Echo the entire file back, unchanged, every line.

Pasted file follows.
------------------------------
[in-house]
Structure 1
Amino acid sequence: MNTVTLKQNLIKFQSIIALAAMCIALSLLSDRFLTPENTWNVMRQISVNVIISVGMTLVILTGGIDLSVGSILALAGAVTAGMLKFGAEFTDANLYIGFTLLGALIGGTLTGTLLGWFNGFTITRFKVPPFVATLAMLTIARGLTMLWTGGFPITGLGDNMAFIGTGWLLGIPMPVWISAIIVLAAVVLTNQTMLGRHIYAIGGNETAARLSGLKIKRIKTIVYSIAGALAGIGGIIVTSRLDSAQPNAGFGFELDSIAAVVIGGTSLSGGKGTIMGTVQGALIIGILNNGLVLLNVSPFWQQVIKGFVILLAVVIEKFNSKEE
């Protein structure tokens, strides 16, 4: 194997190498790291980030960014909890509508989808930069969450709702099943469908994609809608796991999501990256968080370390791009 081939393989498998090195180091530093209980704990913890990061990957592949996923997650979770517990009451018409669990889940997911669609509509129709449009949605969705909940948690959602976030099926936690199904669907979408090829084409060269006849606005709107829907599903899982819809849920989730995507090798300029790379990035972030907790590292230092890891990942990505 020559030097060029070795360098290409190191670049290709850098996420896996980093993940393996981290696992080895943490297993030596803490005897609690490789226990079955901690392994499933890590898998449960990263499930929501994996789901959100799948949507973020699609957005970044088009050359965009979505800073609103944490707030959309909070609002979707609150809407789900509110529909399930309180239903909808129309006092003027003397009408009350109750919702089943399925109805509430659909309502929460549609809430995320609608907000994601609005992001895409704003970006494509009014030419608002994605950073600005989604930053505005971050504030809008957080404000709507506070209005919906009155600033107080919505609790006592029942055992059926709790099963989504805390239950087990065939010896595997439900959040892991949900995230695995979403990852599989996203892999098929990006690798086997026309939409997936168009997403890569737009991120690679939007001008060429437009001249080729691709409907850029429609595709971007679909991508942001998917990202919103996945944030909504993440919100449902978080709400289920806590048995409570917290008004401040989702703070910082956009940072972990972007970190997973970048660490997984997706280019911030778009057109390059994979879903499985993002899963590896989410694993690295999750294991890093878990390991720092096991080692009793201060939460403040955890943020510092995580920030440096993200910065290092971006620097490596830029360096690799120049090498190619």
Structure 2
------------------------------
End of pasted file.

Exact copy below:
[in-house]
Structure 1
Amino acid sequence: MNTVTLKQNLIKFQSIIALAAMCIALSLLSDRFLTPENTWNVMRQISVNVIISVGMTLVILTGGIDLSVGSILALAGAVTAGMLKFGAEFTDANLYIGFTLLGALIGGTLTGTLLGWFNGFTITRFKVPPFVATLAMLTIARGLTMLWTGGFPITGLGDNMAFIGTGWLLGIPMPVWISAIIVLAAVVLTNQTMLGRHIYAIGGNETAARLSGLKIKRIKTIVYSIAGALAGIGGIIVTSRLDSAQPNAGFGFELDSIAAVVIGGTSLSGGKGTIMGTVQGALIIGILNNGLVLLNVSPFWQQVIKGFVILLAVVIEKFNSKEE
């Protein structure tokens, strides 16, 4: 194997190498790291980030960014909890509508989808930069969450709702099943469908994609809608796991999501990256968080370390791009 081939393989498998090195180091530093209980704990913890990061990957592949996923997650979770517990009451018409669990889940997911669609509509129709449009949605969705909940948690959602976030099926936690199904669907979408090829084409060269006849606005709107829907599903899982819809849920989730995507090798300029790379990035972030907790590292230092890891990942990505 020559030097060029070795360098290409190191670049290709850098996420896996980093993940393996981290696992080895943490297993030596803490005897609690490789226990079955901690392994499933890590898998449960990263499930929501994996789901959100799948949507973020699609957005970044088009050359965009979505800073609103944490707030959309909070609002979707609150809407789900509110529909399930309180239903909808129309006092003027003397009408009350109750919702089943399925109805509430659909309502929460549609809430995320609608907000994601609005992001895409704003970006494509009014030419608002994605950073600005989604930053505005971050504030809008957080404000709507506070209005919906009155600033107080919505609790006592029942055992059926709790099963989504805390239950087990065939010896595997439900959040892991949900995230695995979403990852599989996203892999098929990006690798086997026309939409997936168009997403890569737009991120690679939007001008060429437009001249080729691709409907850029429609595709971007679909991508942001998917990202919103996945944030909504993440919100449902978080709400289920806590048995409570917290008004401040989702703070910082956009940072972990972007970190997973970048660490997984997706280019911030778009057109390059994979879903499985993002899963590896989410694993690295999750294991890093878990390991720092096991080692009793201060939460403040955890943020510092995580920030440096993200910065290092971006620097490596830029360096690799120049090498190619």
Structure 2